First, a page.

The latest brewery to take a stab at the New England Style IPA comes from BrewDog, a brewery that started only 11 years ago in Scotland.
A little background on this brewery will lend itself nicely to a further appreciation of their spin on the New England IPA. BrewDog exploded onto the beer scene in the United Kingdom, mainly due to their infamous imperial stout called Tokyo, a 12% ABV oak-aged stout that sparked public outrage. This outrage reached Scotland’s Chairman of Alcohol Focus, whose comment on Tokyo was that “it is utterly irresponsible to bring out a beer which is so strong.”
It was a misguided effort to control an industry which was not quite understood across the pond at the time. This outcry got louder when BrewDog responded in 2009 with Tokyo*, an 18.2% variant of the stout that was one of the strongest beers ever brewed in the United Kingdom at that time. The media began blaming BrewDog for promoting binge drinking, which, as we know, isn’t the activity one would associate with a high ABV stout. This “wild accusation,” according to the folks at BrewDog, “made as much sense as blaming a Michelin star restaurant for an obesity epidemic.” The brewery responded again with a 0.5% ABV “liquid protest” beer that they called Nanny State.
In 2018, BrewDog is better known for their wide variety of beers available around the world. One of its newer beers, Hazy Jane IPA, was not brewed in Scotland at all, but rather at its first United States brewery in Canal Winchester, Ohio.
Rather than an average rendition, BrewDog was able to create a nod to the hype, while still leaving their mark on the ubiquitous style.”
The can states that this beer is a “full-tilt fruit hit,” and when it’s first cracked open, a clear scent of pineapple floods the air. The beer pours as one would expect a New England Style IPA to pour—cloudy, unfiltered and golden-orange in color. The pour accentuates the pineapple smell, which finishes with a soft hint of alcohol. The first flavors that present themselves are the aforementioned “full-tilt fruit hit” notes of mango, pineapple, orange zest and lime. A very refreshing, albeit predictable, initial hit of flavor.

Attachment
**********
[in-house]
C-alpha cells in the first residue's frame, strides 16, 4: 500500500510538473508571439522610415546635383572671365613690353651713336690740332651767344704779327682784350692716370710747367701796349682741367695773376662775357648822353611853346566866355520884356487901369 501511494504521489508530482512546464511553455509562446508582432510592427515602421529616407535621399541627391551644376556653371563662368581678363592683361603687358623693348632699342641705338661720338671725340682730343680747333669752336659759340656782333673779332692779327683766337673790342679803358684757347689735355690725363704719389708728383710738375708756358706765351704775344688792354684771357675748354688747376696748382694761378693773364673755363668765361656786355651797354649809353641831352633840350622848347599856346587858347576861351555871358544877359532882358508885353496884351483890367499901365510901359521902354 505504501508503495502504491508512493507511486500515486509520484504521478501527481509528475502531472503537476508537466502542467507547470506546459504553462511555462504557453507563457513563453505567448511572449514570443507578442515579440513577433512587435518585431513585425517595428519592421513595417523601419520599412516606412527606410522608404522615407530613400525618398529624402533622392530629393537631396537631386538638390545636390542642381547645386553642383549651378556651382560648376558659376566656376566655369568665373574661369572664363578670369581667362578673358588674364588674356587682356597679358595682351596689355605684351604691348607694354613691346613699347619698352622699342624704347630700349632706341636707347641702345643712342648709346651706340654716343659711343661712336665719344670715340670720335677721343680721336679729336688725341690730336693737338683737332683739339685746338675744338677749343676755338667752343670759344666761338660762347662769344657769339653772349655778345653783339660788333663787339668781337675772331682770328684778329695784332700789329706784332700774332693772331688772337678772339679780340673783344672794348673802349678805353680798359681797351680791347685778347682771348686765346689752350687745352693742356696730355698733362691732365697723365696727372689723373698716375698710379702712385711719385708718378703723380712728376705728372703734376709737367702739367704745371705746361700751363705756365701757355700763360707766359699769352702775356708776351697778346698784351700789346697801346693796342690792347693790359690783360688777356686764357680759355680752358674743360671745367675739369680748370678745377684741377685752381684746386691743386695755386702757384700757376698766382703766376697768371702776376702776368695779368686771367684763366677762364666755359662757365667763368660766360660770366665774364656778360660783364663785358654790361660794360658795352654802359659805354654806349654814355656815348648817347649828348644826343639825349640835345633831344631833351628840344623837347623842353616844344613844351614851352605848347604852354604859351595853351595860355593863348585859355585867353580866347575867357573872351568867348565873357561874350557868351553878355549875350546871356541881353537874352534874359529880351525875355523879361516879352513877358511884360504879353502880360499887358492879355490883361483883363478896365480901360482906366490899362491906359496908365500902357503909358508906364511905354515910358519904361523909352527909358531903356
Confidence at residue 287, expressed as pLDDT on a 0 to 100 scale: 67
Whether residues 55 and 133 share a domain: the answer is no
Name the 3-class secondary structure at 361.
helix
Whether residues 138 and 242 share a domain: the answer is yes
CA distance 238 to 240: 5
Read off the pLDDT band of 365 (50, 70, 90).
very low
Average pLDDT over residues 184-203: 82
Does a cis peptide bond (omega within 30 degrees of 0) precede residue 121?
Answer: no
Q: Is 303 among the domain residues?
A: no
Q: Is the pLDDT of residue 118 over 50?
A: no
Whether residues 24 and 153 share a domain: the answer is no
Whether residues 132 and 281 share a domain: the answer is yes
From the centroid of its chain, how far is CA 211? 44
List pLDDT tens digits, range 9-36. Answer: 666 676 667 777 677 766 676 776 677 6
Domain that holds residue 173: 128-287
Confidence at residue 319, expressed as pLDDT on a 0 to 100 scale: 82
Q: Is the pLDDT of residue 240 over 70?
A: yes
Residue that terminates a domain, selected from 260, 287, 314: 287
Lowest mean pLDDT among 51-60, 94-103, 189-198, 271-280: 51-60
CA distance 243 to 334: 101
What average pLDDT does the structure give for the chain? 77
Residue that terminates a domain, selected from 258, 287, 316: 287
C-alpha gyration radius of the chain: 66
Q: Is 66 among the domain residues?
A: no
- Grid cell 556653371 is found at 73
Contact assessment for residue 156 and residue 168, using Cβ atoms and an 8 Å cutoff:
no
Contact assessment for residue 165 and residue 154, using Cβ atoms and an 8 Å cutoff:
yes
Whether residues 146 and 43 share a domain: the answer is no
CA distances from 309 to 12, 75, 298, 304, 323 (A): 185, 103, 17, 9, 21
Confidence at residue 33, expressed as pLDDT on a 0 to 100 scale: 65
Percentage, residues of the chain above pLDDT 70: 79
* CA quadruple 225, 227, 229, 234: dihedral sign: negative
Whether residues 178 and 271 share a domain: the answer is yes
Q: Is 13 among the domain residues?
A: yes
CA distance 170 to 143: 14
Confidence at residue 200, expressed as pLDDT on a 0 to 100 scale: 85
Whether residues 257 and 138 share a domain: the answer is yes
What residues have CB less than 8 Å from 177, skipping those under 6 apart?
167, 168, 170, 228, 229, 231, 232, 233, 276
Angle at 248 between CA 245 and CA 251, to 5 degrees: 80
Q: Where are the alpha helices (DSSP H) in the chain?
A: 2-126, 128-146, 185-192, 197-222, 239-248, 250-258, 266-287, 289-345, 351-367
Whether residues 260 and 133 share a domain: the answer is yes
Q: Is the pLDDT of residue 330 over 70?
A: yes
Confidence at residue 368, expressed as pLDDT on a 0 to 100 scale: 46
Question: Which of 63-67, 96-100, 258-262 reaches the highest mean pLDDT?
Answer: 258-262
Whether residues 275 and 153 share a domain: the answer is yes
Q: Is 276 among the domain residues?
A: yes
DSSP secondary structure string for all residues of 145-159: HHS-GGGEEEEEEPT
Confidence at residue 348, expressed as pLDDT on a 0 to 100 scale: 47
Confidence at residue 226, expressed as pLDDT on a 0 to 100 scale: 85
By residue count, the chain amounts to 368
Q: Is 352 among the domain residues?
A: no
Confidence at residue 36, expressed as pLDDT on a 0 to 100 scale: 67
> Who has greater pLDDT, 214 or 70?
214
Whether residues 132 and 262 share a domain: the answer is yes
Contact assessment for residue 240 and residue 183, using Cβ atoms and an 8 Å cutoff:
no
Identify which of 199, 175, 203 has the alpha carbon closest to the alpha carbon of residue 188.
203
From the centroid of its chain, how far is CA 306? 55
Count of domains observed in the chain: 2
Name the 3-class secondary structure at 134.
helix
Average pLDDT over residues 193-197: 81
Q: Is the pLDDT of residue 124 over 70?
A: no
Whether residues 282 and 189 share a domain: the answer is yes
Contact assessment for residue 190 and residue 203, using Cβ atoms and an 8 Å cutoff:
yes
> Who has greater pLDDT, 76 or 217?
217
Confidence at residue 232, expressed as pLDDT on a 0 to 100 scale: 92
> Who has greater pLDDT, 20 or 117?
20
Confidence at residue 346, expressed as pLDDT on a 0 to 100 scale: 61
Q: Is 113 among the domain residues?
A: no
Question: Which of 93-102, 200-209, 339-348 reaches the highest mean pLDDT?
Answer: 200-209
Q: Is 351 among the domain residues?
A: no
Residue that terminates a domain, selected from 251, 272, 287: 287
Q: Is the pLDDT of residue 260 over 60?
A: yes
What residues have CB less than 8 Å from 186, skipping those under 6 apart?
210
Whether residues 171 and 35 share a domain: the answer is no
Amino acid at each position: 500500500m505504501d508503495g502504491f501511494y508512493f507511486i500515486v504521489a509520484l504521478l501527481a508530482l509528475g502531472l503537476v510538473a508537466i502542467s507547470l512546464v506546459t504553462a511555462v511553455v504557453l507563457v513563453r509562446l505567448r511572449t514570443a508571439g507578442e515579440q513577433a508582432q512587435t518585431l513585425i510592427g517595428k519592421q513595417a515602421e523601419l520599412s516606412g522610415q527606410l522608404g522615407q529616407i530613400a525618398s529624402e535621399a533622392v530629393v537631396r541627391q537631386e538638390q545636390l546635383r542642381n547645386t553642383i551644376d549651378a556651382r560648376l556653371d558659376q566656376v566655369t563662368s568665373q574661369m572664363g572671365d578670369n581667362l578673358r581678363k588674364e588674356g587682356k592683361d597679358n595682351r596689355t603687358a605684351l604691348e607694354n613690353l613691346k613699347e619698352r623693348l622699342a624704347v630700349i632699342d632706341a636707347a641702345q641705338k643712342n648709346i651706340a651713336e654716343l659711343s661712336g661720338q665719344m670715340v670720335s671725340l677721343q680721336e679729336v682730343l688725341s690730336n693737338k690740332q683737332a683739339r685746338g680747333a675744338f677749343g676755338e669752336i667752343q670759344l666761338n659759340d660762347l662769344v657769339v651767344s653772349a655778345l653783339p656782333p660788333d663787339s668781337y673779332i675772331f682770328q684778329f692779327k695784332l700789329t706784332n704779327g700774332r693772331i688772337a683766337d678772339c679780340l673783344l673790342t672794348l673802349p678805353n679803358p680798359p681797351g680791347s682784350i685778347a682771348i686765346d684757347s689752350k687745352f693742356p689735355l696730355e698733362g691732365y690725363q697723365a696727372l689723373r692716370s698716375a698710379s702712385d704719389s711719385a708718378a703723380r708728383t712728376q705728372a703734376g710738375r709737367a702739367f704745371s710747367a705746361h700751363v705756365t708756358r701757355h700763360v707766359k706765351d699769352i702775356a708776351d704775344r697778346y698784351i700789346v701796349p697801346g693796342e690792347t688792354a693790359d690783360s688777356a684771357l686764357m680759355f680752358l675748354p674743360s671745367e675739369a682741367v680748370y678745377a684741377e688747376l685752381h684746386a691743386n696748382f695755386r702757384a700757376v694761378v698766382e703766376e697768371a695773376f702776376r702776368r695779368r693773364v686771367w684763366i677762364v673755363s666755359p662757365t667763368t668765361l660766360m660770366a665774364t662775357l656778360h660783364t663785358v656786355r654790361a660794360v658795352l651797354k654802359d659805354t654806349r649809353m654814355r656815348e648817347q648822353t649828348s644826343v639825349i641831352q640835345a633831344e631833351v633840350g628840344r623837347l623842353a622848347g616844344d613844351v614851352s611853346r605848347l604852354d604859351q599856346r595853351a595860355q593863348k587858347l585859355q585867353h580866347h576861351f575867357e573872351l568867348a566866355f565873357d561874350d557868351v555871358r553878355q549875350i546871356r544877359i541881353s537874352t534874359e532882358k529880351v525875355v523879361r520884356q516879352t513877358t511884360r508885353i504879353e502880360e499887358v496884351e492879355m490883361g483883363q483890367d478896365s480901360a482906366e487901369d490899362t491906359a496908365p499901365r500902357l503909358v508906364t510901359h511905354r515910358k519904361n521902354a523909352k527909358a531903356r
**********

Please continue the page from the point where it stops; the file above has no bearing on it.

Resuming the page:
However, knowing a bit of the backstory about BrewDog, and understanding its philosophy, I was not the least bit surprised when the strong bite at the end of the flavor profile kicked in. Citra hops are clearly present throughout—the soft, fleshy, tropical fruits notes synonymous with this hop variety lend themselves perfectly to the New England IPA. These fruit flavors fade into the more aggressive Mosaic and Simcoe hop flavor profiles, which provide more of a bitter finish than expected in the “juice bombs” that are dominating brewery taps across the nation.
The bitter finish was a welcomed BrewDog spin on the increasingly common beer style. The aftertaste is not only filled with fruit, but also the hop flavor that IPA-drinkers fell in love with in the first place. Rather than an average rendition, BrewDog was able to create a nod to the hype, while still leaving their mark on the ubiquitous style.